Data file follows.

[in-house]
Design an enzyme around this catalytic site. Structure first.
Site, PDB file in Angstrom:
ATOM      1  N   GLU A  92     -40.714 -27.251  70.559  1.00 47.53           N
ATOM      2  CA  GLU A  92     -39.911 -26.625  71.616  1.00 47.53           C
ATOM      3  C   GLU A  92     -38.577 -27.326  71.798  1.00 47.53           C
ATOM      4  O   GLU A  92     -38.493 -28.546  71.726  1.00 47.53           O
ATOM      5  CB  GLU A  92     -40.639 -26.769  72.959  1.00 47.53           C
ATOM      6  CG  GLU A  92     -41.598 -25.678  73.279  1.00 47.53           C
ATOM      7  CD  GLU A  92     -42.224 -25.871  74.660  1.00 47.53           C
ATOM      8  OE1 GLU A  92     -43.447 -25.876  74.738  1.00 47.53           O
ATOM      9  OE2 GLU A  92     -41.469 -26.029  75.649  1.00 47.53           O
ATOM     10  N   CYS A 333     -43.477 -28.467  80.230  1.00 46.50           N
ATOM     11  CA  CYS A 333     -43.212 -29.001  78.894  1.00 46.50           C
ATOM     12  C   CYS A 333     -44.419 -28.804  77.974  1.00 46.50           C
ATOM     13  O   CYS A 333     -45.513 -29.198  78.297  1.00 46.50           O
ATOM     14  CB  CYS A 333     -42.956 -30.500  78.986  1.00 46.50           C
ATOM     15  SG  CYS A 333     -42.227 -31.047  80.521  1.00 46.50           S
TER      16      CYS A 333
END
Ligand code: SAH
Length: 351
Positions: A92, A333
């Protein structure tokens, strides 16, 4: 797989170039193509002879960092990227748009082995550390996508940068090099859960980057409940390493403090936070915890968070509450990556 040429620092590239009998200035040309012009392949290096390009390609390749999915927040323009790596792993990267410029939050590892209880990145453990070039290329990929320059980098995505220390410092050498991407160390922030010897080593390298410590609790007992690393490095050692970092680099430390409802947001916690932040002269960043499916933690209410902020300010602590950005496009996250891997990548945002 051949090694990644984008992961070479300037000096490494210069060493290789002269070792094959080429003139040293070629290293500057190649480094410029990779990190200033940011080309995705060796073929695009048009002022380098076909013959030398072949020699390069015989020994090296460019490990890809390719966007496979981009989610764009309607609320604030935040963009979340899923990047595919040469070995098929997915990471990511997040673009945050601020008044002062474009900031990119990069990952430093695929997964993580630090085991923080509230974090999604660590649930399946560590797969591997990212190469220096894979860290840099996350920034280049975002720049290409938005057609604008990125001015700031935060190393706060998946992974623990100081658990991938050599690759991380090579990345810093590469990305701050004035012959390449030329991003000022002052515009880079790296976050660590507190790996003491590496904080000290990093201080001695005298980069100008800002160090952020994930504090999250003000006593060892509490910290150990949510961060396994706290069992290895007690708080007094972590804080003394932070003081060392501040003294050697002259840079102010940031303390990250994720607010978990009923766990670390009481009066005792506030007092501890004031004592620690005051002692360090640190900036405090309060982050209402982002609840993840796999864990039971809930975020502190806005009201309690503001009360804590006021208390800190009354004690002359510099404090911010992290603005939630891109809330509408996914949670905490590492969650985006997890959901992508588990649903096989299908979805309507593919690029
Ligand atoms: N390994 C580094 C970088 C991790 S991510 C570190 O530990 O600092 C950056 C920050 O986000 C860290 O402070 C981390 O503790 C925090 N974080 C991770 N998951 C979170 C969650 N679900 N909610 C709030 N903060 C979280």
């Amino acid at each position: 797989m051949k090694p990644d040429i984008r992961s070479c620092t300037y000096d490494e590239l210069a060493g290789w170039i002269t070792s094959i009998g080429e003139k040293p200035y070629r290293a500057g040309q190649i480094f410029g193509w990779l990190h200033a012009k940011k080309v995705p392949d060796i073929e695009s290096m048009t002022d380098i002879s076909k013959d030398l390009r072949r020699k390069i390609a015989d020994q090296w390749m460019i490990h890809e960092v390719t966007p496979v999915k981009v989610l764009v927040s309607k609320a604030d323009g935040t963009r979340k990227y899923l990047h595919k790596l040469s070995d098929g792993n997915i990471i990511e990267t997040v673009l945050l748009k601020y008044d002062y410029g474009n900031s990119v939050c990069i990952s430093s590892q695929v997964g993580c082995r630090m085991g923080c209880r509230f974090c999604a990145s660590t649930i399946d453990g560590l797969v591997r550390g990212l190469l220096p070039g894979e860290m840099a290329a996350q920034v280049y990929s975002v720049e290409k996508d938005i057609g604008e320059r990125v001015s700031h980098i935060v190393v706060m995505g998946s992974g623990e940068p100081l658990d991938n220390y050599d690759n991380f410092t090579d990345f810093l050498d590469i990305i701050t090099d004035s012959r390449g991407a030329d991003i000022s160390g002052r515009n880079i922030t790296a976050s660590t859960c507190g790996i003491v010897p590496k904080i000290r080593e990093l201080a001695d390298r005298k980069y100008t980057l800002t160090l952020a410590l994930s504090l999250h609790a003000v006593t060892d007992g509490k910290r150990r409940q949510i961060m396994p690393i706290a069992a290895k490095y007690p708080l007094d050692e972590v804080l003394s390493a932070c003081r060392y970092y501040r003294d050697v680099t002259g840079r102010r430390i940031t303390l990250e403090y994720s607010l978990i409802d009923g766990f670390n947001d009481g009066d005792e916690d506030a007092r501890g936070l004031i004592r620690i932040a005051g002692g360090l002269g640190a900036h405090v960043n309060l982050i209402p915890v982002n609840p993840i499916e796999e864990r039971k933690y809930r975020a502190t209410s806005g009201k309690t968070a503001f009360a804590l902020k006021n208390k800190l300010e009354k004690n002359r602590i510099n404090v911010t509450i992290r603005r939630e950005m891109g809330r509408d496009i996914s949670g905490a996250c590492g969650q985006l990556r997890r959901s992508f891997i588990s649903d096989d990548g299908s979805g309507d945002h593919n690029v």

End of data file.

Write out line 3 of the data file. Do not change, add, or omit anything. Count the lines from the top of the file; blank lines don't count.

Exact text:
Site, PDB file in Angstrom: